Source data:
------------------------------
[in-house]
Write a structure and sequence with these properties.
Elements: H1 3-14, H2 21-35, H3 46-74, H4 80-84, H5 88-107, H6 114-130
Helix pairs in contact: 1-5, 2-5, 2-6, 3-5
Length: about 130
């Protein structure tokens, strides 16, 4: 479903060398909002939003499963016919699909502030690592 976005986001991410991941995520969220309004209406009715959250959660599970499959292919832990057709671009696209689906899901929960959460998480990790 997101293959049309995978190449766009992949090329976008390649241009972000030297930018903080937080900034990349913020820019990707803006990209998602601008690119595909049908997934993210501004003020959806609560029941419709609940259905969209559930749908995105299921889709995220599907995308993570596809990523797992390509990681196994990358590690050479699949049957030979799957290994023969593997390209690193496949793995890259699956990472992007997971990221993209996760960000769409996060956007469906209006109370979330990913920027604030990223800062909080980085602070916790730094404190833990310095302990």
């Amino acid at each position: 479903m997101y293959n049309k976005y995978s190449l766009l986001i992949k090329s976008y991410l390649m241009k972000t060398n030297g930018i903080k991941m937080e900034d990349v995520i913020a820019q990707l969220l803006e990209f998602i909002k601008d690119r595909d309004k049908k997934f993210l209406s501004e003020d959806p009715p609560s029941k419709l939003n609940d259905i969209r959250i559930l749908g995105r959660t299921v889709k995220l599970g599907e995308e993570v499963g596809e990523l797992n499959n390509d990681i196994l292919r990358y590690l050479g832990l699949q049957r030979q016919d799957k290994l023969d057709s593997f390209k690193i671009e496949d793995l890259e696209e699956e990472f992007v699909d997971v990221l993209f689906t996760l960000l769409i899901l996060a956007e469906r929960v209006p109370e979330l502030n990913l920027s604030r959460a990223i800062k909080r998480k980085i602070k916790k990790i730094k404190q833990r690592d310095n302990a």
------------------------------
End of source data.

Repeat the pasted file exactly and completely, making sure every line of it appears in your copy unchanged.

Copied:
[in-house]
Write a structure and sequence with these properties.
Elements: H1 3-14, H2 21-35, H3 46-74, H4 80-84, H5 88-107, H6 114-130
Helix pairs in contact: 1-5, 2-5, 2-6, 3-5
Length: about 130
């Protein structure tokens, strides 16, 4: 479903060398909002939003499963016919699909502030690592 976005986001991410991941995520969220309004209406009715959250959660599970499959292919832990057709671009696209689906899901929960959460998480990790 997101293959049309995978190449766009992949090329976008390649241009972000030297930018903080937080900034990349913020820019990707803006990209998602601008690119595909049908997934993210501004003020959806609560029941419709609940259905969209559930749908995105299921889709995220599907995308993570596809990523797992390509990681196994990358590690050479699949049957030979799957290994023969593997390209690193496949793995890259699956990472992007997971990221993209996760960000769409996060956007469906209006109370979330990913920027604030990223800062909080980085602070916790730094404190833990310095302990």
């Amino acid at each position: 479903m997101y293959n049309k976005y995978s190449l766009l986001i992949k090329s976008y991410l390649m241009k972000t060398n030297g930018i903080k991941m937080e900034d990349v995520i913020a820019q990707l969220l803006e990209f998602i909002k601008d690119r595909d309004k049908k997934f993210l209406s501004e003020d959806p009715p609560s029941k419709l939003n609940d259905i969209r959250i559930l749908g995105r959660t299921v889709k995220l599970g599907e995308e993570v499963g596809e990523l797992n499959n390509d990681i196994l292919r990358y590690l050479g832990l699949q049957r030979q016919d799957k290994l023969d057709s593997f390209k690193i671009e496949d793995l890259e696209e699956e990472f992007v699909d997971v990221l993209f689906t996760l960000l769409i899901l996060a956007e469906r929960v209006p109370e979330l502030n990913l920027s604030r959460a990223i800062k909080r998480k980085i602070k916790k990790i730094k404190q833990r690592d310095n302990a």